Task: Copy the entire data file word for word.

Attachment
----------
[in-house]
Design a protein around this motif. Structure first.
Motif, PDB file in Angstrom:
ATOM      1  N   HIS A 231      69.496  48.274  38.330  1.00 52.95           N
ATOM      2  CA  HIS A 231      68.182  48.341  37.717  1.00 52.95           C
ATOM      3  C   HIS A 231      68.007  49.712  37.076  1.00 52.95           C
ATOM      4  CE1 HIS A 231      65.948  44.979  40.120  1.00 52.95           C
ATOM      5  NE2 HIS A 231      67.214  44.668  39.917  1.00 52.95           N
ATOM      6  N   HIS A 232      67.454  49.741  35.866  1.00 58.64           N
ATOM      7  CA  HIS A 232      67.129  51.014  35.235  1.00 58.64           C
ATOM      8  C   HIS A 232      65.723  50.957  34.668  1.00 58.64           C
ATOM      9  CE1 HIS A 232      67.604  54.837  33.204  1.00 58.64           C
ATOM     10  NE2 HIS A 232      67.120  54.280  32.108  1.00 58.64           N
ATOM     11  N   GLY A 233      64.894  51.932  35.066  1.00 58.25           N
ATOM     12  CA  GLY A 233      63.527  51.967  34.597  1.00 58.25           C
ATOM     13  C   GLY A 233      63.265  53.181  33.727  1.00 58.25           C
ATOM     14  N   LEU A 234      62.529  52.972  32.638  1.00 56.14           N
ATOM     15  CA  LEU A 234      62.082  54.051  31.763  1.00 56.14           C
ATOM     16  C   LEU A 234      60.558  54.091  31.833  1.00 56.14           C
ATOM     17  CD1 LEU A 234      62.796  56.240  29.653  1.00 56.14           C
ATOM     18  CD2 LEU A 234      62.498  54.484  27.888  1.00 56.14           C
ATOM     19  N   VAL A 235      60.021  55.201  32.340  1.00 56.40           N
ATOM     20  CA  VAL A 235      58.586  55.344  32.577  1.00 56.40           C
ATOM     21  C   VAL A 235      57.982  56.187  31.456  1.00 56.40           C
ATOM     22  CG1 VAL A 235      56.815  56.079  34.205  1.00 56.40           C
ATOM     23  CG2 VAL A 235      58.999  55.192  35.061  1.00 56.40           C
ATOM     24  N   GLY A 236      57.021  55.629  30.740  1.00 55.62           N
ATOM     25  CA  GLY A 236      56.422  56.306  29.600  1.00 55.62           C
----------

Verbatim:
[in-house]
Design a protein around this motif. Structure first.
Motif, PDB file in Angstrom:
ATOM      1  N   HIS A 231      69.496  48.274  38.330  1.00 52.95           N
ATOM      2  CA  HIS A 231      68.182  48.341  37.717  1.00 52.95           C
ATOM      3  C   HIS A 231      68.007  49.712  37.076  1.00 52.95           C
ATOM      4  CE1 HIS A 231      65.948  44.979  40.120  1.00 52.95           C
ATOM      5  NE2 HIS A 231      67.214  44.668  39.917  1.00 52.95           N
ATOM      6  N   HIS A 232      67.454  49.741  35.866  1.00 58.64           N
ATOM      7  CA  HIS A 232      67.129  51.014  35.235  1.00 58.64           C
ATOM      8  C   HIS A 232      65.723  50.957  34.668  1.00 58.64           C
ATOM      9  CE1 HIS A 232      67.604  54.837  33.204  1.00 58.64           C
ATOM     10  NE2 HIS A 232      67.120  54.280  32.108  1.00 58.64           N
ATOM     11  N   GLY A 233      64.894  51.932  35.066  1.00 58.25           N
ATOM     12  CA  GLY A 233      63.527  51.967  34.597  1.00 58.25           C
ATOM     13  C   GLY A 233      63.265  53.181  33.727  1.00 58.25           C
ATOM     14  N   LEU A 234      62.529  52.972  32.638  1.00 56.14           N
ATOM     15  CA  LEU A 234      62.082  54.051  31.763  1.00 56.14           C
ATOM     16  C   LEU A 234      60.558  54.091  31.833  1.00 56.14           C
ATOM     17  CD1 LEU A 234      62.796  56.240  29.653  1.00 56.14           C
ATOM     18  CD2 LEU A 234      62.498  54.484  27.888  1.00 56.14           C
ATOM     19  N   VAL A 235      60.021  55.201  32.340  1.00 56.40           N
ATOM     20  CA  VAL A 235      58.586  55.344  32.577  1.00 56.40           C
ATOM     21  C   VAL A 235      57.982  56.187  31.456  1.00 56.40           C
ATOM     22  CG1 VAL A 235      56.815  56.079  34.205  1.00 56.40           C
ATOM     23  CG2 VAL A 235      58.999  55.192  35.061  1.00 56.40           C
ATOM     24  N   GLY A 236      57.021  55.629  30.740  1.00 55.62           N
ATOM     25  CA  GLY A 236      56.422  56.306  29.600  1.00 55.62           C